Harriet is a member of the Malambo Women's Group, which was our first initiative. It's an income generating group for women.
How do we get beyond addressing only the immediate needs of Zambians? What is the next step, after providing food, for example? How do we get beyond the need to provide this bandaid-style charity, because, to tell the truth, we have been working in Zambia for many years, and still there are now even more in need.
I think giving to address primary needs is still important.
But it needs to be linked to education. Education is the next step. It gets people to the point where they have the ability to improve their futures themselves.
These villagers need more access to education. They need support so they can continue beyond, they need better schools and a strong curriculum, they need access to scholarships, college, and university. If they don’t manage to finish high school, they need skills training so they have the chance at a career.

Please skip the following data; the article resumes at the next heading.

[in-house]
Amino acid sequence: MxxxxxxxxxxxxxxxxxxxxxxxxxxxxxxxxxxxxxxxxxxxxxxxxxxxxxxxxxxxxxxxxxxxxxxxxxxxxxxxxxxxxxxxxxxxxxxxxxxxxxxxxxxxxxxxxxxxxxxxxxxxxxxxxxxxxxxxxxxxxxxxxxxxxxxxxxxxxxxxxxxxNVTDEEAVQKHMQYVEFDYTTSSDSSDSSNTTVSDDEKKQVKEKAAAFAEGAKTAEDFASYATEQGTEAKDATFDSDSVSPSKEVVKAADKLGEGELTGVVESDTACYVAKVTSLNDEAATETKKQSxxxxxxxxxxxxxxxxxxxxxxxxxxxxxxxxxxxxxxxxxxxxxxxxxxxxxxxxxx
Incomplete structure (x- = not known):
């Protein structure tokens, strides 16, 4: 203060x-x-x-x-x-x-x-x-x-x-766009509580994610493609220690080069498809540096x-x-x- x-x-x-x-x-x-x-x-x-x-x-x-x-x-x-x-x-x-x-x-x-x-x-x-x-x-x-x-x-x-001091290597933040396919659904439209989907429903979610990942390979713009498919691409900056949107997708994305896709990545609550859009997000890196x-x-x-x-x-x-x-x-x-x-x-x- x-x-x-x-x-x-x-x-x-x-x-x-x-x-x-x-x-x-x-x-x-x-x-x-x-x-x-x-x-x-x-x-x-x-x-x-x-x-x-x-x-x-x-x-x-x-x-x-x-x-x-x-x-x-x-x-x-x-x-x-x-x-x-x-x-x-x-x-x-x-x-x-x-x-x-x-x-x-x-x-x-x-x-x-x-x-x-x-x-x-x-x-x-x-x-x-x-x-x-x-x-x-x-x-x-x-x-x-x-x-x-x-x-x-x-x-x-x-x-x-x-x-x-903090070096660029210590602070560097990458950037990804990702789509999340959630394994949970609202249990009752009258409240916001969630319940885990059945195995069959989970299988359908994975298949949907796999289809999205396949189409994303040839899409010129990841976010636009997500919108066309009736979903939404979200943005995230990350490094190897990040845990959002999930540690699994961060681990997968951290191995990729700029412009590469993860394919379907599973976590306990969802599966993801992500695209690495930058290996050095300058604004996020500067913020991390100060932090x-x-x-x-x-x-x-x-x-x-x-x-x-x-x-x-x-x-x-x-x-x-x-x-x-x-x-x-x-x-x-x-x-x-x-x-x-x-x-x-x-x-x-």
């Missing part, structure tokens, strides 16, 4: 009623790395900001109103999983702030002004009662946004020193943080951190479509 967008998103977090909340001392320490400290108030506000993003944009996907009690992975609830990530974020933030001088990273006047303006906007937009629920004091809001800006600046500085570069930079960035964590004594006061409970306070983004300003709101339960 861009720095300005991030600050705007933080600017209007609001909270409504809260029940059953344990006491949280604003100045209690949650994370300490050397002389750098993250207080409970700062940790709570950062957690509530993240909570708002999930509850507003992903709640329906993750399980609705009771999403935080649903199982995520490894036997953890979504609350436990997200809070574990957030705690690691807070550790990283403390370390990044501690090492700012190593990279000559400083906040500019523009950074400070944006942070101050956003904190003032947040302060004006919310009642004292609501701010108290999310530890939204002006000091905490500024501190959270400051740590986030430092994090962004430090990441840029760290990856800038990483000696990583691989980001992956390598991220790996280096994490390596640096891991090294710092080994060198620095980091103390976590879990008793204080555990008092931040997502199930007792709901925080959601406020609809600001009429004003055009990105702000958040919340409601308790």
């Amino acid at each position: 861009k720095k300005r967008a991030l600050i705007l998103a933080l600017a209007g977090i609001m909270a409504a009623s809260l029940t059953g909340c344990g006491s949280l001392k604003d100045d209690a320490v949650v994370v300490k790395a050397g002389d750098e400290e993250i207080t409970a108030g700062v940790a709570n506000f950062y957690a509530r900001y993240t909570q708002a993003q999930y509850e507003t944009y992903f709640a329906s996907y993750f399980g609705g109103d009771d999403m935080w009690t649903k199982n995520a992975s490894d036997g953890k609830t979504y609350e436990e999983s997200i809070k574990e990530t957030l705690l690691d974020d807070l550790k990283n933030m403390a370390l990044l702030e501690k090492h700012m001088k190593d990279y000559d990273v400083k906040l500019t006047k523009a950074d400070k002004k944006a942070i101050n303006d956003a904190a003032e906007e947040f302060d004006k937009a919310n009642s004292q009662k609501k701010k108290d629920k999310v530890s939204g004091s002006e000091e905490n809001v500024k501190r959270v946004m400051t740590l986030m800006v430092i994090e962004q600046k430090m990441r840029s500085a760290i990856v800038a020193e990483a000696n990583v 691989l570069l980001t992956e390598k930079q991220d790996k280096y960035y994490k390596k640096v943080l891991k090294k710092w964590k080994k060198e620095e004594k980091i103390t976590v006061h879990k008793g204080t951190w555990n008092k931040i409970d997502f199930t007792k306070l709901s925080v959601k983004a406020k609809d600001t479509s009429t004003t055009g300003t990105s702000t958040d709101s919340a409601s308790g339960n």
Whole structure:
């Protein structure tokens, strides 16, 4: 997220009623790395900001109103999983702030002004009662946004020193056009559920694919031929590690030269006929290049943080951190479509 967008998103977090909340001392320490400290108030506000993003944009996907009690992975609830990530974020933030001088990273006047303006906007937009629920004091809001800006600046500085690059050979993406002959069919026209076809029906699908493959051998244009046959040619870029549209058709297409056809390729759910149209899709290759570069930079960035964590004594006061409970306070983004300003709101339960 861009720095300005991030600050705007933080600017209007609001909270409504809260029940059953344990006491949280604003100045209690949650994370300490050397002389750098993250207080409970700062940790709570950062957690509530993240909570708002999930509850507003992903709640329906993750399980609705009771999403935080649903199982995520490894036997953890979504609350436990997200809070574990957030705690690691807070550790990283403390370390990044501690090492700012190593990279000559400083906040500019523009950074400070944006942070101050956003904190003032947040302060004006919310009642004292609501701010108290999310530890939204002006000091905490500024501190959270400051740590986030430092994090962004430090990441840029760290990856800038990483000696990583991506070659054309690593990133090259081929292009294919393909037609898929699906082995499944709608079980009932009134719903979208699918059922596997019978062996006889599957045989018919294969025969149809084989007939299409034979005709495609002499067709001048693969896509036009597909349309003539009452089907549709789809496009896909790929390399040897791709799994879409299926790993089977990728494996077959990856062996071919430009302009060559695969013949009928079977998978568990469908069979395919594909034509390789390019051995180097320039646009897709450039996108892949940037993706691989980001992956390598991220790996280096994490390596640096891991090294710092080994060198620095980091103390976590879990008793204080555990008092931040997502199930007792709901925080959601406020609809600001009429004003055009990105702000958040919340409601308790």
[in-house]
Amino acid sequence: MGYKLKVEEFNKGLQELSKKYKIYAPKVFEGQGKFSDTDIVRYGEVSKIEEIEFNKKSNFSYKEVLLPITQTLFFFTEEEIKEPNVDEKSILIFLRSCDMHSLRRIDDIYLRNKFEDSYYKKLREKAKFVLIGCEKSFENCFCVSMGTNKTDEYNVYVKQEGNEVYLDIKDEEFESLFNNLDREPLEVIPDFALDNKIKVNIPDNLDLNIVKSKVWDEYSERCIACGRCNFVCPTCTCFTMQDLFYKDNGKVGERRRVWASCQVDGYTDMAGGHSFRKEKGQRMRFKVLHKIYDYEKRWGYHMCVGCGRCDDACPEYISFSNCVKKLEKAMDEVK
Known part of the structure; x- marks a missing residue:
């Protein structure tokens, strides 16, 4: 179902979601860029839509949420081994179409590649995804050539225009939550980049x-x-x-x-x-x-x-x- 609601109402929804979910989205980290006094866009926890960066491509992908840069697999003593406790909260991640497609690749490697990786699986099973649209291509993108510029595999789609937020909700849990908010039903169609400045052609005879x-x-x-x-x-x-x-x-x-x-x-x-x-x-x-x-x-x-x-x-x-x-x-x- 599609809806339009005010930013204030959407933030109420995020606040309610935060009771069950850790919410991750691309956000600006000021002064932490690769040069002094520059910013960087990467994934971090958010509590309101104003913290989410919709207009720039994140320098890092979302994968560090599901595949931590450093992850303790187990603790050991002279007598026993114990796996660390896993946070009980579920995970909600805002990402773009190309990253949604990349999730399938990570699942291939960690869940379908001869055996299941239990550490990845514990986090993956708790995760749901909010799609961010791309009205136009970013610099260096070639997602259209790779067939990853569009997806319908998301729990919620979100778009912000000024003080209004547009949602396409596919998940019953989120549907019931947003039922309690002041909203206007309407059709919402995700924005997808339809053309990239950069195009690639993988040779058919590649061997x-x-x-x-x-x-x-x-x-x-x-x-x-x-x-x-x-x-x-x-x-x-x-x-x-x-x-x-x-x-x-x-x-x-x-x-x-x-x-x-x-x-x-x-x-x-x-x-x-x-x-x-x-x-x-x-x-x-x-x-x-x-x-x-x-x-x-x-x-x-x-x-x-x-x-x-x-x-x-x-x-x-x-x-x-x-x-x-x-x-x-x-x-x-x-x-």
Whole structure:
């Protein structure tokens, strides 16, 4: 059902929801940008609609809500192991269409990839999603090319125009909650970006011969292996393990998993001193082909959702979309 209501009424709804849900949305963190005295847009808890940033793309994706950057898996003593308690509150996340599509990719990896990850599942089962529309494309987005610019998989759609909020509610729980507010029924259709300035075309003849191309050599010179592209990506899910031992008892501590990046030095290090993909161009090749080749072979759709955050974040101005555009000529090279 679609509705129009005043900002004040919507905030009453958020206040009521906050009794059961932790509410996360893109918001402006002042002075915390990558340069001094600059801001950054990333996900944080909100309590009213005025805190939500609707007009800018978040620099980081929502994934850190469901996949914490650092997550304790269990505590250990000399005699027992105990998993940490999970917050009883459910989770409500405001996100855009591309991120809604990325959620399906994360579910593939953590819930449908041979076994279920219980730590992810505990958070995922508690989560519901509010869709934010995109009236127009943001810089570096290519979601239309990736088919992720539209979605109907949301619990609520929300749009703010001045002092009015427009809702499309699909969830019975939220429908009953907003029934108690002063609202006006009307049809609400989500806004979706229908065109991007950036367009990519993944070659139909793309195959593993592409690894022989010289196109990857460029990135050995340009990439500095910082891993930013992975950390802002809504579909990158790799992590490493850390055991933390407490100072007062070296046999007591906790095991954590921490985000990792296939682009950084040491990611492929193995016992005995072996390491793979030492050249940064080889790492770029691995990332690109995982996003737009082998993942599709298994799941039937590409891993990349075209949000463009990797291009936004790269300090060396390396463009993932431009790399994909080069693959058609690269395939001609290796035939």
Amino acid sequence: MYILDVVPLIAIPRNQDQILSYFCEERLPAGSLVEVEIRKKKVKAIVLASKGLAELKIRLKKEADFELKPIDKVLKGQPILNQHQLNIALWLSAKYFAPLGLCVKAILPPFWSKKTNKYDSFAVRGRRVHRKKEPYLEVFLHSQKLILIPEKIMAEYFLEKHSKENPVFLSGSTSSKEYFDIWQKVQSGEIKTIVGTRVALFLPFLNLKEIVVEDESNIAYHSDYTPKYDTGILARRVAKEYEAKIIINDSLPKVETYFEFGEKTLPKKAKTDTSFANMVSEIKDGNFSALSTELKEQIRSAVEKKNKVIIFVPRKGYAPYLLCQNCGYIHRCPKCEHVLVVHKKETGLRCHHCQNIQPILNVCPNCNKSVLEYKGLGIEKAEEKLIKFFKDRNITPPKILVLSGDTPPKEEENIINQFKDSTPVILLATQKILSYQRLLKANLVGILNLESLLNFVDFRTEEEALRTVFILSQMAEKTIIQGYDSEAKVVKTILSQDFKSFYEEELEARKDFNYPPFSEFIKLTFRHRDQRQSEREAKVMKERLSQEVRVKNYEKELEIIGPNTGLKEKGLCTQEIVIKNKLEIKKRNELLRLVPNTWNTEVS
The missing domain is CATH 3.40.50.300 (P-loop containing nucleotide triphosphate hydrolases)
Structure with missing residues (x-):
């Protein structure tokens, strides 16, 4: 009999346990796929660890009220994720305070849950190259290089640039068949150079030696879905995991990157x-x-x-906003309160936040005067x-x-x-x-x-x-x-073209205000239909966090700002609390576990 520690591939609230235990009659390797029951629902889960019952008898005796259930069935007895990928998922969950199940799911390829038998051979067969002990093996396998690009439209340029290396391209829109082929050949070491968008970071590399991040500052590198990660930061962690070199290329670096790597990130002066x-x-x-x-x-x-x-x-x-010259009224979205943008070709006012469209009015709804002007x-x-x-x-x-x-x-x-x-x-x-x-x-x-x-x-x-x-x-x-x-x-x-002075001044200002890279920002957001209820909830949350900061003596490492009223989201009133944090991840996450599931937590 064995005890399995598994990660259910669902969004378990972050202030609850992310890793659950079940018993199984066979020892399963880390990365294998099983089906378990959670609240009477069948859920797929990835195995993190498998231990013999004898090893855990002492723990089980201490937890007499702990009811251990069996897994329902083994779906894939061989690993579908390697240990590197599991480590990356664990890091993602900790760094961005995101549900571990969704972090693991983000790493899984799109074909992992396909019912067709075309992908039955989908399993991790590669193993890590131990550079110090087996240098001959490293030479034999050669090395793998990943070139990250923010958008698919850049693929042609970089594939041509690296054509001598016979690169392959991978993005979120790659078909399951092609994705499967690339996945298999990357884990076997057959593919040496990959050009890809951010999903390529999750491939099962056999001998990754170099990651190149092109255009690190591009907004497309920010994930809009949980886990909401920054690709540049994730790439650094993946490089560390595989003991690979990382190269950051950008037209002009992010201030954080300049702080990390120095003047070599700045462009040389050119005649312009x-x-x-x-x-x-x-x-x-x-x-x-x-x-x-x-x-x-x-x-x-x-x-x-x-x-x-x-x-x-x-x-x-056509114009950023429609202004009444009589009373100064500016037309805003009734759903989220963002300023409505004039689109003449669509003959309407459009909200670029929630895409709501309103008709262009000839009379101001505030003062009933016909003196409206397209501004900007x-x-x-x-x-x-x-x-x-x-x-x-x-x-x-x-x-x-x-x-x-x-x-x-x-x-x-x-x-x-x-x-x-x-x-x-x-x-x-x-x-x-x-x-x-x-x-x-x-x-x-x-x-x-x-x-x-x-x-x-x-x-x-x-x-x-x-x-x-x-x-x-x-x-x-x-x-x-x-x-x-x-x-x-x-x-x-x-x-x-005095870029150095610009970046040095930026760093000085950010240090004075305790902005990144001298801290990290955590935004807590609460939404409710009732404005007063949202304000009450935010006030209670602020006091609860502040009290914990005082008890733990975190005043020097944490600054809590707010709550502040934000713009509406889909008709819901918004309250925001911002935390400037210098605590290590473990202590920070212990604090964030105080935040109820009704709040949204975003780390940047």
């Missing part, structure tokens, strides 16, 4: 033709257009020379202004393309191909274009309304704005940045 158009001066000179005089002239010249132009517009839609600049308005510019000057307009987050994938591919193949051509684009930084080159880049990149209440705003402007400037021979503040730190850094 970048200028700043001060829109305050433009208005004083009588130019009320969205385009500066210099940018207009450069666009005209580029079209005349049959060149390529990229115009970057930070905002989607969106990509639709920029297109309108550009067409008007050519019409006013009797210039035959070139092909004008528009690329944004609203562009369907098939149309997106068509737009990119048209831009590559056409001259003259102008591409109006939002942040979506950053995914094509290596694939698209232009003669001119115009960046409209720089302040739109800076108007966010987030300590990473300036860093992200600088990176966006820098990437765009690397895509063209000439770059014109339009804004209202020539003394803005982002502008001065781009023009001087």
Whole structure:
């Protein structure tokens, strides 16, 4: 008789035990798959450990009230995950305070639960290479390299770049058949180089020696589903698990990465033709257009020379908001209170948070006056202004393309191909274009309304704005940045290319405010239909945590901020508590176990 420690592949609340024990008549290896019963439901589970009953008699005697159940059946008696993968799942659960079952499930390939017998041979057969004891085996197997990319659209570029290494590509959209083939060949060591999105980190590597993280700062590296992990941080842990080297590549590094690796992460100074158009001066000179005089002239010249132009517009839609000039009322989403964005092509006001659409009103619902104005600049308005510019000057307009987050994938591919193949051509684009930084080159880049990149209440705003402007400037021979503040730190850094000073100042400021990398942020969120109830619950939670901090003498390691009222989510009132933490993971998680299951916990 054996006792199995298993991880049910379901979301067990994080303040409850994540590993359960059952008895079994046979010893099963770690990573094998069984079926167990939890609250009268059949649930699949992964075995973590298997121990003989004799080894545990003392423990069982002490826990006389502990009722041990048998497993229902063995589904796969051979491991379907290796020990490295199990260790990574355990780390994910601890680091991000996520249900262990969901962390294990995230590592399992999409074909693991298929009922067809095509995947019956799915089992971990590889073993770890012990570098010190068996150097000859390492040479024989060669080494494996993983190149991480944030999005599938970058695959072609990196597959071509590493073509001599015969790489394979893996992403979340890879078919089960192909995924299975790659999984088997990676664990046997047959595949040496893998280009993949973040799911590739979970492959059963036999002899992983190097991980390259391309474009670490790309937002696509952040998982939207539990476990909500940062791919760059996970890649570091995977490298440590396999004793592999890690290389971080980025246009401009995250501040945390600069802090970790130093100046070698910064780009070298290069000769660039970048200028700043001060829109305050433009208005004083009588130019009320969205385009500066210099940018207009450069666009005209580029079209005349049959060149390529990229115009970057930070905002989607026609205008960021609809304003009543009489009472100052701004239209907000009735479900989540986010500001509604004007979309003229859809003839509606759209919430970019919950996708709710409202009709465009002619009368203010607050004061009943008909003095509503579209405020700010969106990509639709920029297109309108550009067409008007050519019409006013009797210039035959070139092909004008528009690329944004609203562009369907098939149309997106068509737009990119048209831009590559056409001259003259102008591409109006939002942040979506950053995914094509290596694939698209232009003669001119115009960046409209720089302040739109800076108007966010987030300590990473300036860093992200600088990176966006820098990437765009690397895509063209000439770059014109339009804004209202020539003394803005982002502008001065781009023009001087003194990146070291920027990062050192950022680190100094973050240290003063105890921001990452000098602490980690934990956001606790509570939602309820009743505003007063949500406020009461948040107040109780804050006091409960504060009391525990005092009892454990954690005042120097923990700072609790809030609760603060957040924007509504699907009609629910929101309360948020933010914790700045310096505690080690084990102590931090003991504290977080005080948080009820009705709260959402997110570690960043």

Giving education is a gift that lasts all one’s life. Not only that, it spreads beyond the individual. It opens the doors to good jobs in countries like Zambia that are in short supply of an educated workforce. These educated workers send money home to their village relatives and they sponsor younger relatives to further their education.
Malambo Grassroots has worked for years on a shoestring—small funds and few people resources. However, we have constantly tried to maximized our impact. When we are in Zambia, we are volunteers, living rent-free and with a support system offered by the farm where we stay— security, power, a network of people who help us here and there. With this we have the ability to maximize our outreach.
With our first few dollars we decided to start an income generating project for women. The women asked us. We have found that the women’s first priority with their income is their family–food, clothing, medical needs, and schooling expenses for their children. So we started some more income generating projects. We were able to minimize our need for money by starting simple craft-based projects, and maximize on our ability to donate our time for training. We kept expenses low. We had to.
So time has been one of our resources. We kept going back to Zambia. Our projects were running. What more could we do?
Next post is the third and final section of this essay: What more could we do?